■ INTRODUCTION aquatic systems, as well as to chemical transformations, 24−26 Thiocyanate (NCS−) is formed in various natural and industrial volatilization and adsorption. processes. It was found in waters from coal and oil The presence of thiocyanate was recorded in various natural nonpolluted aquatic systems, for example in stratified lakes processing, steel manufacturing, and the petrochemical −1 1−5 · Rogoznica in Croatia (up to 288 nmol·L ) and Green Lake industry. Thiocyanate concentrations of up to 17 mmol −1 19 −1 4,6 (NY, USA) (up to 274 nmol·L ). In these lakes thiocyanate L were detected in coal plant wastewaters and in gold fi ff extraction wastewaters.7,8 In electroplating, dyeing, photo- is produced in the anoxic, sul de-rich sediments and di uses to finishing, , and pesticide production the concentration the chemocline, where it is consumed by oxidative processes, of NCS− in wastewater effluents is in the range of 0.09−2 which are likely biologically enhanced. In the oxic North Sea · −1 9 water thiocyanate was detected at concentrations up to 13 mmol L . Thiocyanate is toxic to aquatic species with LC50 −1 16 −1 10 nmol·L . In saltmarsh sediment of the Delaware Great Downloaded via WEIZMANN INST OF SCIENCE on September 20, 2018 at 06:31:37 (UTC). values of 0.01 to 0.5 mmol·L reported for Daphnia magna. μ · −1 See https://pubs.acs.org/sharingguidelines for options on how to legitimately share published articles. Natural sources of thiocyanate include plants, biological and Marsh, thiocyanate concentrations are up to 2.28 mol L in μ · −1 26 abiotic decomposition of , and in vivo pore-water and up to 15.6 mol kg in wet sediment. In − detoxification of .11 14 Several species of , these sediments, concentrations of thiocyanate precursors, algae, fungi, plants, and animals are physiologically capable of cyanide-reactive zerovalent and free are μ · −1 μ · −1 detoxifying cyanide, and in most cases one of the end products as high as 78 mol L and 1.9 mol L , respectively. fi of detoxification is thiocyanate.10,15 Another important Coexistence of hydrogen cyanide, polysul des and thiocyanate mechanism of thiocyanate formation in natural aquatic systems allows attribution of thiocyanate formation to the abiotic is the reaction between hydrogen cyanide and sulfide oxidation reactions between hydrogen cyanide and reduced sulfur species. − μ · −1 intermediates, which contain sulfur−sulfur bonds, such as Thiocyanate was also found in concentrations 23 40 mol L 27 colloidal sulfur,16 polysulfides,17 , and tetrathio- in the Red Sea Atlantis II Deep brine. Reactions between nate.18,19 Reaction with thiosulfate is ∼1000 times slower abiotically formed hydrogen cyanide and reduced sulfur species than reaction with polysulfides,17,20,21 and is catalyzed by were proposed as the source of thiocyanate in the brine. The Cu(II) and sulfur transferases from the family.15,22 Concentrations of hydrogen cyanide in polluted aquatic Received: September 17, 2017 systems may reach levels toxic to aquatic life.23 In nonpolluted Revised: December 25, 2017 aqueous systems, hydrogen cyanide concentrations are usually Accepted: December 28, 2017 very low due to fast degradation by plants, fungi and bacteria in Published: December 28, 2017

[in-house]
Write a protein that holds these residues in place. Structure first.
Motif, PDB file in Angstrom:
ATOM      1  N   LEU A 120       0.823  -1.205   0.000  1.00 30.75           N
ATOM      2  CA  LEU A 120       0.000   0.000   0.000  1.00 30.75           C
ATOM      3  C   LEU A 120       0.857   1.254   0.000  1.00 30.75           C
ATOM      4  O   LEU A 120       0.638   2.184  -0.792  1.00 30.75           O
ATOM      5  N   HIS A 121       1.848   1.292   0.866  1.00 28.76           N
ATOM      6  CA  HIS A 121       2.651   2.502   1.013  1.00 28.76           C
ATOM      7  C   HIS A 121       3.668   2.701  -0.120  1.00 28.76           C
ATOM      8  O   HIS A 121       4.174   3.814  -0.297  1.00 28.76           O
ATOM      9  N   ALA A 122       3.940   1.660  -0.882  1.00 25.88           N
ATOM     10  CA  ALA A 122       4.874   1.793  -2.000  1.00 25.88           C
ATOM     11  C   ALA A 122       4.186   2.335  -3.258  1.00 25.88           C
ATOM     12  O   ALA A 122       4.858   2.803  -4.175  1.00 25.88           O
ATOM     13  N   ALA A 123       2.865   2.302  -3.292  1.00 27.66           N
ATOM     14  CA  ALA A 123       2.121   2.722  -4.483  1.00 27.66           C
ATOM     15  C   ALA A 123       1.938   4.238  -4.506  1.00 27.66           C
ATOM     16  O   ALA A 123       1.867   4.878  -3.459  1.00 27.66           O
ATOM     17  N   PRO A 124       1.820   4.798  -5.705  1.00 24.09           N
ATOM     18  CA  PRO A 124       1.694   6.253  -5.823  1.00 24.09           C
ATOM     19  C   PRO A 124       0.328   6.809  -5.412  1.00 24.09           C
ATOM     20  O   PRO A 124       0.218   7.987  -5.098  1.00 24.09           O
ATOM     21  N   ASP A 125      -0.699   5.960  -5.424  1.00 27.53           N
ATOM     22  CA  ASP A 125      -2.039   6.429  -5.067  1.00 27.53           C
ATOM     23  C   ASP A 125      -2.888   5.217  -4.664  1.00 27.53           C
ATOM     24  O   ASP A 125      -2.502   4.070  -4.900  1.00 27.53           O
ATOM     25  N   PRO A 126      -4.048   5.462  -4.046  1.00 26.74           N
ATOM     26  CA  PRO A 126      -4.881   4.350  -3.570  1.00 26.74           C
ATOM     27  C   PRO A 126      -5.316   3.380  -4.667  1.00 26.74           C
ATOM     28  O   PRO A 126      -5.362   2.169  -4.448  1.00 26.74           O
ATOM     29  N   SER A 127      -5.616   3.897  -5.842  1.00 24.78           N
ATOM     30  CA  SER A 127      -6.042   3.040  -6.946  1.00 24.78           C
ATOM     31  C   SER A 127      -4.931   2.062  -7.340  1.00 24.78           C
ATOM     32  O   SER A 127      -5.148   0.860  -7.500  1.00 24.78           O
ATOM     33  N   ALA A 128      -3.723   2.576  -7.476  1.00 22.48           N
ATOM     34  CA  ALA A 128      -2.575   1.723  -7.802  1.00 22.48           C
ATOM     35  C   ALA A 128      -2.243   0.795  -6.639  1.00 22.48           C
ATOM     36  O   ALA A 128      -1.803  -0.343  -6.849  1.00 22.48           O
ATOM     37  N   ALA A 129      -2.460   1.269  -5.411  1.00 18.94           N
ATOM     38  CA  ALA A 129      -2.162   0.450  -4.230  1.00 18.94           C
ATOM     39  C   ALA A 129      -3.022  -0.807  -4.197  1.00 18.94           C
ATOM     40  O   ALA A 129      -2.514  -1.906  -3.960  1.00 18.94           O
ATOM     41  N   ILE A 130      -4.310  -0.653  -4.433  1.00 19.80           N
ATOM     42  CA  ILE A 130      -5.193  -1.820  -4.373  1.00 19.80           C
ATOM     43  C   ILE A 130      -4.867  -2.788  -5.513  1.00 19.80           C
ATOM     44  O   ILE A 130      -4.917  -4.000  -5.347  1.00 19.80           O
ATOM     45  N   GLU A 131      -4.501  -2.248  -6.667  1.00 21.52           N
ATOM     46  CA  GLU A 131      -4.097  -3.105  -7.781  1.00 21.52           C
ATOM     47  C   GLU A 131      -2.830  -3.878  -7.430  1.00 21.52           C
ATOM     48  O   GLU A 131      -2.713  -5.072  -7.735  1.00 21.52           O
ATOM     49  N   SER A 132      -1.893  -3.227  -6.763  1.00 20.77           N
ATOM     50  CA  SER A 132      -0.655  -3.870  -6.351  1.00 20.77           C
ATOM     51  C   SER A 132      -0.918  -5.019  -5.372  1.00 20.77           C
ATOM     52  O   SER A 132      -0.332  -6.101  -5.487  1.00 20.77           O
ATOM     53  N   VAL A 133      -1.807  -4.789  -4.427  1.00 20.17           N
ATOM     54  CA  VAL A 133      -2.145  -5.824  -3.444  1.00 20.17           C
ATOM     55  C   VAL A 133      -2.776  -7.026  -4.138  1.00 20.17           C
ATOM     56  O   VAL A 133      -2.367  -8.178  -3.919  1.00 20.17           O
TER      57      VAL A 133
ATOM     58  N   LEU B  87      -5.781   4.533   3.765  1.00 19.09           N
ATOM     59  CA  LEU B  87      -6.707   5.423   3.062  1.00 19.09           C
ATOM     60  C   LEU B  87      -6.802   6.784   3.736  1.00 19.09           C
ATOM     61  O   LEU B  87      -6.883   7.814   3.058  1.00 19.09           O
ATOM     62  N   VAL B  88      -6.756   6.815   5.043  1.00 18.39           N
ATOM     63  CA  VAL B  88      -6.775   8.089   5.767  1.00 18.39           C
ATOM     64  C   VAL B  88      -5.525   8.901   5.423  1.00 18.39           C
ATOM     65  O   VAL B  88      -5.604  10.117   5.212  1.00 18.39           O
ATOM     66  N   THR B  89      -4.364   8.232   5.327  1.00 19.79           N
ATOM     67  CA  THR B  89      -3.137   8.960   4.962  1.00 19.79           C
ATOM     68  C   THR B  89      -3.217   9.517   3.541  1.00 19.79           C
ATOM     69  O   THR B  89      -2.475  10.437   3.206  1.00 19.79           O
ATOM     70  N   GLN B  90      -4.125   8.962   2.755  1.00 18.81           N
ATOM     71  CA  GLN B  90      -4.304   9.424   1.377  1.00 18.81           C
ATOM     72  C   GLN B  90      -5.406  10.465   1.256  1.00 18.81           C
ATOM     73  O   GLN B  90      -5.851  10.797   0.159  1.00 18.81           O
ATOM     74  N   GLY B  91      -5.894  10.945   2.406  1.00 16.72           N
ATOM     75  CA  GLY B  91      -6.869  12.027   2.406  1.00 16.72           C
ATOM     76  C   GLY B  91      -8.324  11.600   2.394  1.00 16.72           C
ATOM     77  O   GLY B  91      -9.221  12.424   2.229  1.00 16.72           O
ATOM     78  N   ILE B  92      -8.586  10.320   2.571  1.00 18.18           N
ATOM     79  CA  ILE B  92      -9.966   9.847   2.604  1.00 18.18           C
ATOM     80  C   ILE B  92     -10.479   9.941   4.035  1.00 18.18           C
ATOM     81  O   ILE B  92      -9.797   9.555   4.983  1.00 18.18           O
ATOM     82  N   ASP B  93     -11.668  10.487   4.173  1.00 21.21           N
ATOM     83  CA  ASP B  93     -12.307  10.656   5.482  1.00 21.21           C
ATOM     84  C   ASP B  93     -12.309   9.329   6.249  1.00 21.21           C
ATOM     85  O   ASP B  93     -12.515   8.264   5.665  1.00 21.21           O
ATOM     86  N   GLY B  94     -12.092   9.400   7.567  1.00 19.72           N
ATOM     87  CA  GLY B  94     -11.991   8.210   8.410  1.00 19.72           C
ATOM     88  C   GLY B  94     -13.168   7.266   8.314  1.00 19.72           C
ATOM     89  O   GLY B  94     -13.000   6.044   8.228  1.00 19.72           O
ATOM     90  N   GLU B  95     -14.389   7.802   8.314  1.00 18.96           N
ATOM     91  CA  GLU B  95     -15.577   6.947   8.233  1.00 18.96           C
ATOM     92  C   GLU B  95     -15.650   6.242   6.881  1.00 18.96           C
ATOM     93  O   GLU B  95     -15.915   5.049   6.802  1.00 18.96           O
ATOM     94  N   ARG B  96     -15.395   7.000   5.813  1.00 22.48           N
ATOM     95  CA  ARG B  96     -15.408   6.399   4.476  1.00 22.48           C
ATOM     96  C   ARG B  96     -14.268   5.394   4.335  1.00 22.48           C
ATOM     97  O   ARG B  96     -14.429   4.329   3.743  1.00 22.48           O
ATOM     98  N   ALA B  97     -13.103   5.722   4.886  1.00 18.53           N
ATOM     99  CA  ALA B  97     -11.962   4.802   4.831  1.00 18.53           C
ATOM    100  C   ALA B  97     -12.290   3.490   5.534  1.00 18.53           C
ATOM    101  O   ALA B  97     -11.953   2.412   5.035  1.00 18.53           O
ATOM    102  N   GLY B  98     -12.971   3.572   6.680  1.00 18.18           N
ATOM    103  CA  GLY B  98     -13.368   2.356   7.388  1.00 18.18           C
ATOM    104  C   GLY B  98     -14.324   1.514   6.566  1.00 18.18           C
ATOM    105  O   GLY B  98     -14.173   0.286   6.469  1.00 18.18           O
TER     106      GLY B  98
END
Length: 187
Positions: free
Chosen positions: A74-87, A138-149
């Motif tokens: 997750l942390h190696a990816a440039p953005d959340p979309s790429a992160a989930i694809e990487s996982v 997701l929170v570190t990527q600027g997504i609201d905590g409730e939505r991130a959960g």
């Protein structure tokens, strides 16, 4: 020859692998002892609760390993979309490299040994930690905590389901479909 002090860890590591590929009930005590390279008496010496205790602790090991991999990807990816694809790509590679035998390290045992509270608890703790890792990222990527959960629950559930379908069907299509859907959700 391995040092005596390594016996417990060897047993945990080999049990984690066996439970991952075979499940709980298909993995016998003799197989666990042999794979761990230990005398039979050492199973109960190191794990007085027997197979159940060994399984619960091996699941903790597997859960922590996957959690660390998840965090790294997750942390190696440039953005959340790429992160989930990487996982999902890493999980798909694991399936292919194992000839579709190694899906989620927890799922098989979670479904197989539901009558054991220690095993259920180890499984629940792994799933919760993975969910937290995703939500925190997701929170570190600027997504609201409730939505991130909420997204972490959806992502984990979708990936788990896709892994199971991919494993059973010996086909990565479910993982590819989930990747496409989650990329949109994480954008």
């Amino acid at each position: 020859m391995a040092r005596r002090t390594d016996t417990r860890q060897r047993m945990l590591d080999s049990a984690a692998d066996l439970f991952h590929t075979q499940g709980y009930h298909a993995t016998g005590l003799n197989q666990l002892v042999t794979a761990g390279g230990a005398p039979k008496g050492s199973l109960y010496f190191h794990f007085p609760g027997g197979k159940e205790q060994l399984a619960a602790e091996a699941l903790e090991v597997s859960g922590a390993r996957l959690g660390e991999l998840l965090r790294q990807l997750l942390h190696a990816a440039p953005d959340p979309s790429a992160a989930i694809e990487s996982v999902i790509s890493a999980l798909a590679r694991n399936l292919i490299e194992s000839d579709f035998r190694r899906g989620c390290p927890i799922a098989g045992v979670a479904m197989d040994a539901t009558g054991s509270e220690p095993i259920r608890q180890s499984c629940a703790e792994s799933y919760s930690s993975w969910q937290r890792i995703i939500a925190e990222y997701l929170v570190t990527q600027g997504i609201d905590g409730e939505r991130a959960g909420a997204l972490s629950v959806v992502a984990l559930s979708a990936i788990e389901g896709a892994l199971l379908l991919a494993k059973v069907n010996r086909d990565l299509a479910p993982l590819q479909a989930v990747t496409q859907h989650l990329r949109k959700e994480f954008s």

© 2017 American Chemical Society 1234 DOI: 10.1021/acs.est.7b04723 Environ. Sci. Technol. 2018, 52, 1234−1243 Environmental Science & Technology Article